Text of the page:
How to Keep Your Sun-Loving Plants Happy During Winter

How to Keep Your Sun-Loving Plants Happy During Winter

Plants got that wintertime sadness? We’re here to help!

We looove decking out our homes in tropical, sun-loving plants, but depending on where you live, you may run into issues for about 6 months of the year. Your plants are saying, “Hey, where’d the sun go?” and we’re in the same boat.

Luckily, many plants will take this as a cue to go dormant until the warm weather and brighter rays come back. If you want your plants to continually grow year round, however, (or just… not die!) we’ve rounded up our top lighting tips for the wintertime!


Placement in your home

Start off strong by placing your sun-loving plants in optimal spots by the window! As the days grow short, this will allow them to soak up as much Vitamin D as possible. Bonus points if you have a south-facing window, as these usually get the most sunlight! You might need to reorganize your space by bringing those corner decorative plants closer as well (sorry, not sorry).

You can also get crafty with any reflective surfaces in your home—think white walls or large mirrors, to cast the most light possible on your plants. Your plant in front of the mirror will thank you. It loves looking at its pretty fronds all day!


Adding artificial lights

Often natural light just won’t do the job in winter. Any succulent-like or a cacti plant will be super thankful for some extra help! That’s where artificial light comes in. 

We’d recommend using full spectrum LED grow lights for indoor use, as they are energy efficient and overall the best option for multitudes of plant types.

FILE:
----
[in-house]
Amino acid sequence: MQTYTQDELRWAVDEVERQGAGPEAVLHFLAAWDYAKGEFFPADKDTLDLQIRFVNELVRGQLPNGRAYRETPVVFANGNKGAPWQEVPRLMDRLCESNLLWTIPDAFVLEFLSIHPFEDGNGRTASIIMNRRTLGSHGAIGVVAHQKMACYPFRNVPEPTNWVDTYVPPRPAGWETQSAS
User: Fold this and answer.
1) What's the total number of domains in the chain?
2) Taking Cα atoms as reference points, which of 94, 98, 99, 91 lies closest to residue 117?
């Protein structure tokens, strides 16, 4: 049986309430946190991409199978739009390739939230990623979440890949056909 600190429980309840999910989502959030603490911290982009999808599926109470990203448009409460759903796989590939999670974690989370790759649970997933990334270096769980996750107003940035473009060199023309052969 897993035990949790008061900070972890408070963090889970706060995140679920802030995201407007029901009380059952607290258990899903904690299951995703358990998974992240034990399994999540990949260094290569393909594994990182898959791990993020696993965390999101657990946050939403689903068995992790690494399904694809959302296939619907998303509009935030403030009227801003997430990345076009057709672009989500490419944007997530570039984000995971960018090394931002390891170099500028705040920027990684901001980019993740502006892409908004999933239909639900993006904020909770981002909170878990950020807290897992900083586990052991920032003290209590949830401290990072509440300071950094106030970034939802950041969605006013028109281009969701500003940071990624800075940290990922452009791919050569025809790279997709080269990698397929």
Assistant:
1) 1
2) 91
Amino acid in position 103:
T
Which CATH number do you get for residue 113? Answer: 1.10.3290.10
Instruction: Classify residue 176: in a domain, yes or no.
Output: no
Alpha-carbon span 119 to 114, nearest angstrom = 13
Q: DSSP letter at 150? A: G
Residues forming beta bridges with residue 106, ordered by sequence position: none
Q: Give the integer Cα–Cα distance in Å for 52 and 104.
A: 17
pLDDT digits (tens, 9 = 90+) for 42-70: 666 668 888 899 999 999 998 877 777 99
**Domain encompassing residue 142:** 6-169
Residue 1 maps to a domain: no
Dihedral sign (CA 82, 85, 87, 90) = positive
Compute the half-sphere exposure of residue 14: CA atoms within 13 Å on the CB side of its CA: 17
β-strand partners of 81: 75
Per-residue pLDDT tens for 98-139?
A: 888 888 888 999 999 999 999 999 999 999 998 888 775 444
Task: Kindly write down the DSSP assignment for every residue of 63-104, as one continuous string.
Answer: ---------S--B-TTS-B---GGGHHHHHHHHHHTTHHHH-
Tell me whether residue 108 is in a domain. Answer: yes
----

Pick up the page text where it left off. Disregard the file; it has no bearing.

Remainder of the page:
Types of lights

  • Fluorescent Lights: T5 and T8 fluorescent lights are common and cost-effective. T5 lights are more efficient and produce more light than T8s. They are suitable for a range of plants.
  • LED Grow Lights: Energy-efficient and available in various spectrums, LEDs provide specific wavelengths of light tailored to different growth stages. They produce less heat and can be placed closer to plants without causing damage.
  • High-Intensity Discharge (HID) Lights: HID lights include Metal Halide (MH) and High-Pressure Sodium (HPS) lights. They are powerful but generate more heat and consume more energy compared to LEDs.

Light spectrum

  • Blue Spectrum (Cool Light): Promotes vegetative growth, ideal for foliage and leafy plants.
  • Red Spectrum (Warm Light): Encourages flowering, fruiting, and overall plant growth. Suitable for flowering plants and those that require more light intensity.
  • Full Spectrum: Mimics natural sunlight, providing a balanced combination of blue, red, and other wavelengths suitable for overall plant growth.

General tips

Plant lighting rules of thumb:

  • Rotate your plants regularly to ensure all sides receive equal sunlight exposure. You might notice your plant “reaching” towards the sunlight if it hasn’t been rotated enough.
  • Indoor plants usually need about 12-16 hours of light per day during winter. You might need to adjust the duration based on the specific needs of your plants. Try to maintain a consistent lighting schedule for your plants (i.e. setting a timer for the same time each day). Sudden changes in lighting can stress them out!
  • Watch for signs of stress in your plants. If they're not getting enough light, they might exhibit symptoms like leggy growth, smaller leaves, or discoloration.


There you have it! You're all set to help your plants grow, baby, grow this winter. Have any lingering questions? Reach out to us at!

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